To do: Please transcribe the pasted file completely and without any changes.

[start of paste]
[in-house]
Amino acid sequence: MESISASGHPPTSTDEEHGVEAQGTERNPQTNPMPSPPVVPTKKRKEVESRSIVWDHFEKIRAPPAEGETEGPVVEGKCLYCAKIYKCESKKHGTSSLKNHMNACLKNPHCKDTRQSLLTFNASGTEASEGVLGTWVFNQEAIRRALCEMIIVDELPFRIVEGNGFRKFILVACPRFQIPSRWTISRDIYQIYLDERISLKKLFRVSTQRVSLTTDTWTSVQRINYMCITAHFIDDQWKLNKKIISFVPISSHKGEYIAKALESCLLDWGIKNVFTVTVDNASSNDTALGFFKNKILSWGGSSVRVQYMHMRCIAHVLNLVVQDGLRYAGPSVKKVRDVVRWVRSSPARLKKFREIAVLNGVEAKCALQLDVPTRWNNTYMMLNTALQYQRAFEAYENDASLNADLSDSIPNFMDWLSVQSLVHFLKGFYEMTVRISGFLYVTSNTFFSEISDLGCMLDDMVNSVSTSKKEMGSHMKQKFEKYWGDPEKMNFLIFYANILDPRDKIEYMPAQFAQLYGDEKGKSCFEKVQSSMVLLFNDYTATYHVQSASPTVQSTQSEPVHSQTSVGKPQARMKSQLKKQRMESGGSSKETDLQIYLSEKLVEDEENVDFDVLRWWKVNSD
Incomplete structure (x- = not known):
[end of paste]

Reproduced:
[in-house]
Amino acid sequence: MESISASGHPPTSTDEEHGVEAQGTERNPQTNPMPSPPVVPTKKRKEVESRSIVWDHFEKIRAPPAEGETEGPVVEGKCLYCAKIYKCESKKHGTSSLKNHMNACLKNPHCKDTRQSLLTFNASGTEASEGVLGTWVFNQEAIRRALCEMIIVDELPFRIVEGNGFRKFILVACPRFQIPSRWTISRDIYQIYLDERISLKKLFRVSTQRVSLTTDTWTSVQRINYMCITAHFIDDQWKLNKKIISFVPISSHKGEYIAKALESCLLDWGIKNVFTVTVDNASSNDTALGFFKNKILSWGGSSVRVQYMHMRCIAHVLNLVVQDGLRYAGPSVKKVRDVVRWVRSSPARLKKFREIAVLNGVEAKCALQLDVPTRWNNTYMMLNTALQYQRAFEAYENDASLNADLSDSIPNFMDWLSVQSLVHFLKGFYEMTVRISGFLYVTSNTFFSEISDLGCMLDDMVNSVSTSKKEMGSHMKQKFEKYWGDPEKMNFLIFYANILDPRDKIEYMPAQFAQLYGDEKGKSCFEKVQSSMVLLFNDYTATYHVQSASPTVQSTQSEPVHSQTSVGKPQARMKSQLKKQRMESGGSSKETDLQIYLSEKLVEDEENVDFDVLRWWKVNSD
Incomplete structure (x- = not known):